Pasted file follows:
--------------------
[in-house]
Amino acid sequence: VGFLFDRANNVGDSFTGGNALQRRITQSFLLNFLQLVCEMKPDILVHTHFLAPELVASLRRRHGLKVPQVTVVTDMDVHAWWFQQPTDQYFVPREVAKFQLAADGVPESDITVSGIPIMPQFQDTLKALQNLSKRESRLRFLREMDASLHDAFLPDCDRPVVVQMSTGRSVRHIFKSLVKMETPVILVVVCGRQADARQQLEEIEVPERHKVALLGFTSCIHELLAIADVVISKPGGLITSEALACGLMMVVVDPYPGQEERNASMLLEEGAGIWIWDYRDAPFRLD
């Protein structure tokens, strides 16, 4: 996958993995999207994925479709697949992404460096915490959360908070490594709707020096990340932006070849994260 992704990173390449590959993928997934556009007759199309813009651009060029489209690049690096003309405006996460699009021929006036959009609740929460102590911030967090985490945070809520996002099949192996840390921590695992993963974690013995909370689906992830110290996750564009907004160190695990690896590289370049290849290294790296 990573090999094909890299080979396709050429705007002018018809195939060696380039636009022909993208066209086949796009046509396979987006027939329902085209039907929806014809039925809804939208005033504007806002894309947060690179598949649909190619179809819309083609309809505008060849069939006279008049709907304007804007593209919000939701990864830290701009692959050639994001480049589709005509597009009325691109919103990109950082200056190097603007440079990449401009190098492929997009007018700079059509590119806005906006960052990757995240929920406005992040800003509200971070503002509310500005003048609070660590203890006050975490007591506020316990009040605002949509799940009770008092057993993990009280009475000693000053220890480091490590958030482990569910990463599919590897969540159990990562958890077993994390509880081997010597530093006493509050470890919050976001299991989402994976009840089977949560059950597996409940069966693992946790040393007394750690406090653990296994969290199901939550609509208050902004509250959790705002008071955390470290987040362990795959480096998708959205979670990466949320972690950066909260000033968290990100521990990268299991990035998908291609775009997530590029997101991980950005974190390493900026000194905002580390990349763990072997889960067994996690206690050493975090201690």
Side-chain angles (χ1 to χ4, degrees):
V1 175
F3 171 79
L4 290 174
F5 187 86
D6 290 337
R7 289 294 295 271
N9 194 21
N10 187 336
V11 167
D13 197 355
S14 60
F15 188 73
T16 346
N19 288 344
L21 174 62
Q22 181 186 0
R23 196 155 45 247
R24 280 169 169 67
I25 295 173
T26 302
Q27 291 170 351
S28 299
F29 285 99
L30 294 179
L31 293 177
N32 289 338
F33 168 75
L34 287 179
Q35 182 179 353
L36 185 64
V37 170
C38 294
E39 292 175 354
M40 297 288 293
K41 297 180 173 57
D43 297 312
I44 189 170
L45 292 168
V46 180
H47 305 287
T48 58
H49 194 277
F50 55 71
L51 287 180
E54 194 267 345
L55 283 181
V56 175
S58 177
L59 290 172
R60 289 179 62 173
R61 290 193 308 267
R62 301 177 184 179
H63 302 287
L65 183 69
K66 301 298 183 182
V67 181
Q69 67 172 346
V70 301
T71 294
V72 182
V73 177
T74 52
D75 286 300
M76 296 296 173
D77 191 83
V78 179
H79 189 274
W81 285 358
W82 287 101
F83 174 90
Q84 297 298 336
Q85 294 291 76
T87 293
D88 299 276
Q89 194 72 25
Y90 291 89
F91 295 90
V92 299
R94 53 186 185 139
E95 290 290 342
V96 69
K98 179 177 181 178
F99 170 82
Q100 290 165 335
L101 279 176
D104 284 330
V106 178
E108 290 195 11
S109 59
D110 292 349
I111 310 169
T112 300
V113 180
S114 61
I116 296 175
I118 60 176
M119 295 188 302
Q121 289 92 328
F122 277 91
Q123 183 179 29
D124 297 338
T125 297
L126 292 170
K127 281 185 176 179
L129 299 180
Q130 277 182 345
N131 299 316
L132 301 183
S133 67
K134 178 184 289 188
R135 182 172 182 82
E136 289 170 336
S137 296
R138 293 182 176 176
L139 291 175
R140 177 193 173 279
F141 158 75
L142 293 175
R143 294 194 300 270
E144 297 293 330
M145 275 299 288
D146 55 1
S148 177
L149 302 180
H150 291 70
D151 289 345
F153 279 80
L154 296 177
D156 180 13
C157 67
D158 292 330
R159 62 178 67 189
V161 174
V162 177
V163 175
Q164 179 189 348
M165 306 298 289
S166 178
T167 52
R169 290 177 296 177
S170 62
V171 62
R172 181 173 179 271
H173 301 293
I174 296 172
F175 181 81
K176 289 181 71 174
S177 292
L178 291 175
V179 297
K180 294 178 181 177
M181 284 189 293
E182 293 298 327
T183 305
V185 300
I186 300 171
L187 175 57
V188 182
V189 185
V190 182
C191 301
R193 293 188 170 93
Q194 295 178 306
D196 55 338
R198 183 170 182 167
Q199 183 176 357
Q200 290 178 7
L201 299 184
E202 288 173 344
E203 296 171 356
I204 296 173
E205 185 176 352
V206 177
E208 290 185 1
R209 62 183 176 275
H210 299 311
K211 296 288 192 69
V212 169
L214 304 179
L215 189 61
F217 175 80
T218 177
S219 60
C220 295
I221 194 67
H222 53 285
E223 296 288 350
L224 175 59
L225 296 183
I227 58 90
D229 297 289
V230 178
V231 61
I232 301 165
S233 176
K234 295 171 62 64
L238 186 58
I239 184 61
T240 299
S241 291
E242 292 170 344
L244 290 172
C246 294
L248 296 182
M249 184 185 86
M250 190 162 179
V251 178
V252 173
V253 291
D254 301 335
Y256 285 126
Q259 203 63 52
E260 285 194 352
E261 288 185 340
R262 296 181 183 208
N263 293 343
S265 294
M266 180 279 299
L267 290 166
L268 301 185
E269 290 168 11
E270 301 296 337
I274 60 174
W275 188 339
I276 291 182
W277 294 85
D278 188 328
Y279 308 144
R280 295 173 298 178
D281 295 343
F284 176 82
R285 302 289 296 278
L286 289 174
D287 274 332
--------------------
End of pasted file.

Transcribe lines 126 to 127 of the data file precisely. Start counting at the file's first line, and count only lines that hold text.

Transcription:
D146 55 1
S148 177